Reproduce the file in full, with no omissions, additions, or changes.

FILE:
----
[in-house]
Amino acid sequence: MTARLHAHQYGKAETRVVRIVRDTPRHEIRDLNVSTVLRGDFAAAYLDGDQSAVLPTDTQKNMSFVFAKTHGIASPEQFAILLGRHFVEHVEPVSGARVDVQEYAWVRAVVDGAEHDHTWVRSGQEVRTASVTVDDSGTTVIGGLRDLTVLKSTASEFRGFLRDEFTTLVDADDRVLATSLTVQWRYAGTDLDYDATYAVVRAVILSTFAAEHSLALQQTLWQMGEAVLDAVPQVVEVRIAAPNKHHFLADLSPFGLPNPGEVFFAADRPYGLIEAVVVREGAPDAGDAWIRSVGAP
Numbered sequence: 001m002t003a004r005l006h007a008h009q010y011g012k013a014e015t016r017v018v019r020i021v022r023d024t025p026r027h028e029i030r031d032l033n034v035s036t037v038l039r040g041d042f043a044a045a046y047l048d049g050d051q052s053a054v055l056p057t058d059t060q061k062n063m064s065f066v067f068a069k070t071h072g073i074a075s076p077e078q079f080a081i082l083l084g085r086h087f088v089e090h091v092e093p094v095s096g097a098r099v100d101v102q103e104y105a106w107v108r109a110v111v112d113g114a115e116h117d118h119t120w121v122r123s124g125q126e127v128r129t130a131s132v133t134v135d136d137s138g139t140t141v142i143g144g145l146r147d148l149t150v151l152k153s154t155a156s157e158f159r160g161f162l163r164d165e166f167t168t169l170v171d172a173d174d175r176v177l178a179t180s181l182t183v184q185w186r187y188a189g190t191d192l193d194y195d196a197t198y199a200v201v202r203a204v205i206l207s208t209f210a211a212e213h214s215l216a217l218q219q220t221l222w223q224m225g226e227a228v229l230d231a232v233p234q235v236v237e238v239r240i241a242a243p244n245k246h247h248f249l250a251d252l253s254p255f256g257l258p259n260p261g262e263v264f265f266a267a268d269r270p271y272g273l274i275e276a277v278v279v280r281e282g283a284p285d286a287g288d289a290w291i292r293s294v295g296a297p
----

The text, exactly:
[in-house]
Amino acid sequence: MTARLHAHQYGKAETRVVRIVRDTPRHEIRDLNVSTVLRGDFAAAYLDGDQSAVLPTDTQKNMSFVFAKTHGIASPEQFAILLGRHFVEHVEPVSGARVDVQEYAWVRAVVDGAEHDHTWVRSGQEVRTASVTVDDSGTTVIGGLRDLTVLKSTASEFRGFLRDEFTTLVDADDRVLATSLTVQWRYAGTDLDYDATYAVVRAVILSTFAAEHSLALQQTLWQMGEAVLDAVPQVVEVRIAAPNKHHFLADLSPFGLPNPGEVFFAADRPYGLIEAVVVREGAPDAGDAWIRSVGAP
Numbered sequence: 001m002t003a004r005l006h007a008h009q010y011g012k013a014e015t016r017v018v019r020i021v022r023d024t025p026r027h028e029i030r031d032l033n034v035s036t037v038l039r040g041d042f043a044a045a046y047l048d049g050d051q052s053a054v055l056p057t058d059t060q061k062n063m064s065f066v067f068a069k070t071h072g073i074a075s076p077e078q079f080a081i082l083l084g085r086h087f088v089e090h091v092e093p094v095s096g097a098r099v100d101v102q103e104y105a106w107v108r109a110v111v112d113g114a115e116h117d118h119t120w121v122r123s124g125q126e127v128r129t130a131s132v133t134v135d136d137s138g139t140t141v142i143g144g145l146r147d148l149t150v151l152k153s154t155a156s157e158f159r160g161f162l163r164d165e166f167t168t169l170v171d172a173d174d175r176v177l178a179t180s181l182t183v184q185w186r187y188a189g190t191d192l193d194y195d196a197t198y199a200v201v202r203a204v205i206l207s208t209f210a211a212e213h214s215l216a217l218q219q220t221l222w223q224m225g226e227a228v229l230d231a232v233p234q235v236v237e238v239r240i241a242a243p244n245k246h247h248f249l250a251d252l253s254p255f256g257l258p259n260p261g262e263v264f265f266a267a268d269r270p271y272g273l274i275e276a277v278v279v280r281e282g283a284p285d286a287g288d289a290w291i292r293s294v295g296a297p